Closing Oak Ridge
Divestment from the Ministry of Health
Beginning in the late 1990s, the Health Services Restructuring Commission of Ontario recommended that the Ministry of Health and Long Term Care divest the nine existing mental health institutions to either public hospitals or community mental health agencies. The purpose of this plan was to enable a community-based model of mental health services.
|Institution||Year of Divestment|
|Centre for Addiction and Mental Health (Toronto)||1998|
|The Royal Ottawa Health Care Group (Ottawa)||2000|
|St. Joseph's Health Care Centre (Hamilton)||2000|
|Providence Care (Kingston)||2001|
|St. Joseph's Health Care (London)||2001|
|St. Joseph's Care Group (Thunder Bay)||2003|
|North Bay Regional Health Centre (North Bay)||2005|
|Ontario Shores Centre for Mental Health Services (Whitby)||2006|
|Waypoint Centre for Mental Health Care (Penetanguishene)||2008|
The Transfer Agreement of each of the nine institutions specified the timeframes and conditions for their respective divestment. These generally included the funding structure of the organization and the minimum services required for the local community. In the case of Penetanguishene, this agreement also specified the replacement of the Oak Ridge facility.
In addition to the physical building replacement, all patients of the Regional and Oak Ridge divisions of the Mental Health Centre Penetanguishene had to be discharged and readmitted to the new corporation at the time of transfer. All transfers took place at midnight on December 15, 2008 and required that staff stay the night to perform the task.
Planning the Oak Ridge Replacement
In March of 2007, funding to rebuild the maximum-security forensic mental health facility in Penetanguishene was included as part of the provincial budget. The Hon. George Smitherman, Minister of Health and Long Term Care, announced that year that $6 million were being provided upfront for the preparation of the plans for the facility, with construction initially anticipated to begin in 2009.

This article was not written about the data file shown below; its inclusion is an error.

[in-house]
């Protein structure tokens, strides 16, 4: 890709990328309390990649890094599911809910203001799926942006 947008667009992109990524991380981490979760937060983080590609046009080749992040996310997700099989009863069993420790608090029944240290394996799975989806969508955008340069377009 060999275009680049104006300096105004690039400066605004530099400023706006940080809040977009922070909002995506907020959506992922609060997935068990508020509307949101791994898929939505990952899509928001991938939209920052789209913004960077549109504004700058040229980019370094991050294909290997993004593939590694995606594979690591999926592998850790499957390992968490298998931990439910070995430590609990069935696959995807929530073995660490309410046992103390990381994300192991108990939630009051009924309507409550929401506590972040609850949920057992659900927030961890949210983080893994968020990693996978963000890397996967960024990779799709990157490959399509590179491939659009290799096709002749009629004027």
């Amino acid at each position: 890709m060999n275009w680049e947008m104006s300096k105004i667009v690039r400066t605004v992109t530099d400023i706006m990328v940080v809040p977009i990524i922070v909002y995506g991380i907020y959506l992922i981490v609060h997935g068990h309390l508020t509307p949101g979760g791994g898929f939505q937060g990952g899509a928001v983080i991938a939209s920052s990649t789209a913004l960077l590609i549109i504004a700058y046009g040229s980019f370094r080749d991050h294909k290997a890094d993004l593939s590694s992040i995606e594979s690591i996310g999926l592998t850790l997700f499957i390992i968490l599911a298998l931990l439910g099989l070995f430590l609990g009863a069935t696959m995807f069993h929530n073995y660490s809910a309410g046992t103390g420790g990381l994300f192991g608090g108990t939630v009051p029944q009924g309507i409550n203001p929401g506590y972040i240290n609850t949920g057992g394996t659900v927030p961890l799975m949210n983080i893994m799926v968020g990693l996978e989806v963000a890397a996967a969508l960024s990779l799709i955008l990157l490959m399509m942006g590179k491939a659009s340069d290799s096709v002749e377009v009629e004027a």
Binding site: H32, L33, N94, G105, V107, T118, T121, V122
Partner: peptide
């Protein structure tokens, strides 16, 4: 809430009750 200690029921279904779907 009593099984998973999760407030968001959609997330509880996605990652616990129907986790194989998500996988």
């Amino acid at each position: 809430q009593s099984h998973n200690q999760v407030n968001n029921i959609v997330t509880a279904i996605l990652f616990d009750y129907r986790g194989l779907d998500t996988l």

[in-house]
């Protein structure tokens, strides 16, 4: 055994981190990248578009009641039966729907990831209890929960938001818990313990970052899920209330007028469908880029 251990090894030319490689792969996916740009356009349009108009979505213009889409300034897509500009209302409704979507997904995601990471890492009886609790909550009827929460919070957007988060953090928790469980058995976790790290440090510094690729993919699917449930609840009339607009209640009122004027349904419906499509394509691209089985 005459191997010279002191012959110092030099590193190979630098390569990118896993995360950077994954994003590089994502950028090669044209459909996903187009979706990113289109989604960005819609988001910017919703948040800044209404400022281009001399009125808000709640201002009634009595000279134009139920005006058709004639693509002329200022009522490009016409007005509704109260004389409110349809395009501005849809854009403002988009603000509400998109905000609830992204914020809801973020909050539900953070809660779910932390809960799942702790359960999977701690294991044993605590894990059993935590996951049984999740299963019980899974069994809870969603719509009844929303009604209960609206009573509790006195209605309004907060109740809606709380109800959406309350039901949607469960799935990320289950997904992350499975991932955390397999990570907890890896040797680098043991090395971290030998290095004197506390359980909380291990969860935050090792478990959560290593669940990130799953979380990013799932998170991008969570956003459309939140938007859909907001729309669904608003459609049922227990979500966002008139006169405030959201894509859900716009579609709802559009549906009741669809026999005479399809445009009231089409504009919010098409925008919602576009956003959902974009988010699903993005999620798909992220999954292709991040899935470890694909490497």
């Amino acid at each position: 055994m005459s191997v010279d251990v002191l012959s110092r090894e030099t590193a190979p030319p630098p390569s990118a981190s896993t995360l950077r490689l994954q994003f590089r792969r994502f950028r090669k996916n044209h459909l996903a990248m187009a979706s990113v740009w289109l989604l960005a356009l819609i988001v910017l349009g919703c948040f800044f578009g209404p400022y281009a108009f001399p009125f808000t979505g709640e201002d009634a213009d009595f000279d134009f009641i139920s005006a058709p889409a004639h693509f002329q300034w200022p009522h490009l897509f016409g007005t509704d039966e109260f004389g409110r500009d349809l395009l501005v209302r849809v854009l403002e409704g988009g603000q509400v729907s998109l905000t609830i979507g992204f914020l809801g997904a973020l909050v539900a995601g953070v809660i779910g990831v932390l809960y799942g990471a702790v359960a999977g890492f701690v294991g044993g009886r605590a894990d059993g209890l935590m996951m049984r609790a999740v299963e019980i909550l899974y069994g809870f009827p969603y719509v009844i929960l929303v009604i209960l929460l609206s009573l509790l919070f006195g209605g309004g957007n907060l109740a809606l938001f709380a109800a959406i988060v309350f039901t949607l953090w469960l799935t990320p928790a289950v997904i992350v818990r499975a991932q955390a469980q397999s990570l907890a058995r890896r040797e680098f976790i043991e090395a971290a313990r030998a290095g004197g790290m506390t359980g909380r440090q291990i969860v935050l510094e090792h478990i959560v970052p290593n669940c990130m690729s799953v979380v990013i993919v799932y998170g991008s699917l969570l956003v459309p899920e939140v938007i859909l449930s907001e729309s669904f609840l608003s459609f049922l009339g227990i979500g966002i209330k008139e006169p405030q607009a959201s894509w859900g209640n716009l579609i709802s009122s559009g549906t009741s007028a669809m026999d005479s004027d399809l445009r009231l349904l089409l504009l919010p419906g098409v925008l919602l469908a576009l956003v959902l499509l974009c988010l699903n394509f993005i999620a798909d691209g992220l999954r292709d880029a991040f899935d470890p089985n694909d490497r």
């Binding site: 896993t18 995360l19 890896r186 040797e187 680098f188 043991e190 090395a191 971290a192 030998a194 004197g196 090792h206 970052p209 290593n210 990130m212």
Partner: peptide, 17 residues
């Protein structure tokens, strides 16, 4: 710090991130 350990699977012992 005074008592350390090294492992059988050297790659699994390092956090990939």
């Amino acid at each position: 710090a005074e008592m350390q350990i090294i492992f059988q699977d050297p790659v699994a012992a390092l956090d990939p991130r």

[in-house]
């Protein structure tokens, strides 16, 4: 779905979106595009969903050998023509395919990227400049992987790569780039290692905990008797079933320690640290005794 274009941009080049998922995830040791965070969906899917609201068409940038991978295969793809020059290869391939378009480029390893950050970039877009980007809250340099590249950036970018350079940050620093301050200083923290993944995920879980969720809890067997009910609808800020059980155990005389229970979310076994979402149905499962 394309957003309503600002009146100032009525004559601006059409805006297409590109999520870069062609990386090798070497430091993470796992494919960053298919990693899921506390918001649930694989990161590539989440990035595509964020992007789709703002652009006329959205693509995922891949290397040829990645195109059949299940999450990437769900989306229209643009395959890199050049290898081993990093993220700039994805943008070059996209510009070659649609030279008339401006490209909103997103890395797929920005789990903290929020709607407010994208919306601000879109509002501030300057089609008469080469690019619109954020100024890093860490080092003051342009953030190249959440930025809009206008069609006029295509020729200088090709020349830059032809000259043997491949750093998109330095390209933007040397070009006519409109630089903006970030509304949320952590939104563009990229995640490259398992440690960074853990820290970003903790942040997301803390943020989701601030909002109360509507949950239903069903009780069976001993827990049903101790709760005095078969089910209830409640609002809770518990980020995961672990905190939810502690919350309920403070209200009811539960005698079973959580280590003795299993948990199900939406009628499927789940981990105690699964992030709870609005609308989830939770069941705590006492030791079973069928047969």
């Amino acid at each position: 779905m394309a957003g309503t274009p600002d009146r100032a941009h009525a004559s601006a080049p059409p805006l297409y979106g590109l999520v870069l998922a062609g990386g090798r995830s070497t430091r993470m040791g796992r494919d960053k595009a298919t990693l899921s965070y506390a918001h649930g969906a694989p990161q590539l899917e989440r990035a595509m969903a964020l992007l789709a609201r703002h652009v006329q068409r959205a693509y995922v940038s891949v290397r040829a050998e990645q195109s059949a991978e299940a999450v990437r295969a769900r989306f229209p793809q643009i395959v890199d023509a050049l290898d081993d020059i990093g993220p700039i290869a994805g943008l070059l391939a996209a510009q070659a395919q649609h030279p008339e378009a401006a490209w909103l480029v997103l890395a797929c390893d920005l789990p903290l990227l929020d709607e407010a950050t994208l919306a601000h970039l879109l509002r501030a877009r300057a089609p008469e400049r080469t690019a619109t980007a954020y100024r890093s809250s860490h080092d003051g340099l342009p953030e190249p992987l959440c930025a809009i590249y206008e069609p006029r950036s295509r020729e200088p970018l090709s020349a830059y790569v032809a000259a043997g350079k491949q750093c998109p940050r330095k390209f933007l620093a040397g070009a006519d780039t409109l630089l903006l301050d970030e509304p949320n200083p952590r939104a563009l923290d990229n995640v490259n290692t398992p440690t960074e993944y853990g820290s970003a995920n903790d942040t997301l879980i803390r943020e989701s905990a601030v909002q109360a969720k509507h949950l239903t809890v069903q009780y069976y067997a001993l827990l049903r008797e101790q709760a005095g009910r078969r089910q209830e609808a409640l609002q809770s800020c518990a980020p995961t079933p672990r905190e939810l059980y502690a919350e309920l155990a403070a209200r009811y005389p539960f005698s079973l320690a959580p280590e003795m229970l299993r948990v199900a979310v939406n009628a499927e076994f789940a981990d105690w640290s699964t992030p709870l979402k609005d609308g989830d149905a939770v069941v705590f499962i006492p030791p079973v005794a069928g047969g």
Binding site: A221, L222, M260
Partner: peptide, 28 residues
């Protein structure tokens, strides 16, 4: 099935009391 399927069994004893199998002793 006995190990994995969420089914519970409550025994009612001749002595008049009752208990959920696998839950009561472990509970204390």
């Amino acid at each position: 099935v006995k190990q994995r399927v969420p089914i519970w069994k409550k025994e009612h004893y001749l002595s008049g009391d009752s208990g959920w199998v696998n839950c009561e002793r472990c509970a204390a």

In partnership with Infrastructure Ontario, the new building - named the Atrium Building - was constructed between 2010 and 2014. The official launch of the site preparation for the Atrium building was on May 12, 2010. On January 31, 2011 a contract was signed with Integrated Team Solutions (ITS) to design, build, finance, and maintain the Atrium building.
In the end, the design physically integrated the forensic division more directly with the Regional division in the Toanche Building and the Administation Building.
A New Name
In recognition of its divestment from the Ministry of Health and Long Term Care, the Mental Health Centre Penetanguishene changed its name to the Waypoint Centre for Mental Health Care on May 6, 2011.
The population of Oak Ridge moved on May 5, 2014. The men were brought down the hill to the new building in yellow school buses, escorted by staff. In the span of only a few hours, every patient was relocated to their new rooms in the Atrium Building.